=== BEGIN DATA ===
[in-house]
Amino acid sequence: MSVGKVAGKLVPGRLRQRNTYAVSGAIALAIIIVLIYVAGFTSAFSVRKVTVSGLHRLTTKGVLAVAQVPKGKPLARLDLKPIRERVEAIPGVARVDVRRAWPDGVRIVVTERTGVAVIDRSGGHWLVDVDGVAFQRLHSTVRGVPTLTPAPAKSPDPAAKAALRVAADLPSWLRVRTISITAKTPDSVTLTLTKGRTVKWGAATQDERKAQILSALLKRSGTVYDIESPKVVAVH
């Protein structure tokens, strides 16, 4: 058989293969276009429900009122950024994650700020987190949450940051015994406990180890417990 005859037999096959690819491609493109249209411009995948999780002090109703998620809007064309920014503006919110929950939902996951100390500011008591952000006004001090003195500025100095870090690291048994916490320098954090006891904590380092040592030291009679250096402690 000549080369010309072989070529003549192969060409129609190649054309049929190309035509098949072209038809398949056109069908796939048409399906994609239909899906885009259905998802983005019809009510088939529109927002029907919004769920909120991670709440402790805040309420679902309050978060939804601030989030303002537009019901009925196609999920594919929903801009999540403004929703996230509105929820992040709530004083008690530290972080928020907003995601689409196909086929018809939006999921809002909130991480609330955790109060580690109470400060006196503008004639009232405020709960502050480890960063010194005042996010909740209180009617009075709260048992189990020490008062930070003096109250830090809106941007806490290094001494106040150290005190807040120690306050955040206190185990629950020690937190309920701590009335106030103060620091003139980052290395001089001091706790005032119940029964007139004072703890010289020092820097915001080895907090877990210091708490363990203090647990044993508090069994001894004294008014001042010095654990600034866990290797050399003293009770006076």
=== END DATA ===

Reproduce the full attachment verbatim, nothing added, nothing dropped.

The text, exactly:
[in-house]
Amino acid sequence: MSVGKVAGKLVPGRLRQRNTYAVSGAIALAIIIVLIYVAGFTSAFSVRKVTVSGLHRLTTKGVLAVAQVPKGKPLARLDLKPIRERVEAIPGVARVDVRRAWPDGVRIVVTERTGVAVIDRSGGHWLVDVDGVAFQRLHSTVRGVPTLTPAPAKSPDPAAKAALRVAADLPSWLRVRTISITAKTPDSVTLTLTKGRTVKWGAATQDERKAQILSALLKRSGTVYDIESPKVVAVH
């Protein structure tokens, strides 16, 4: 058989293969276009429900009122950024994650700020987190949450940051015994406990180890417990 005859037999096959690819491609493109249209411009995948999780002090109703998620809007064309920014503006919110929950939902996951100390500011008591952000006004001090003195500025100095870090690291048994916490320098954090006891904590380092040592030291009679250096402690 000549080369010309072989070529003549192969060409129609190649054309049929190309035509098949072209038809398949056109069908796939048409399906994609239909899906885009259905998802983005019809009510088939529109927002029907919004769920909120991670709440402790805040309420679902309050978060939804601030989030303002537009019901009925196609999920594919929903801009999540403004929703996230509105929820992040709530004083008690530290972080928020907003995601689409196909086929018809939006999921809002909130991480609330955790109060580690109470400060006196503008004639009232405020709960502050480890960063010194005042996010909740209180009617009075709260048992189990020490008062930070003096109250830090809106941007806490290094001494106040150290005190807040120690306050955040206190185990629950020690937190309920701590009335106030103060620091003139980052290395001089001091706790005032119940029964007139004072703890010289020092820097915001080895907090877990210091708490363990203090647990044993508090069994001894004294008014001042010095654990600034866990290797050399003293009770006076």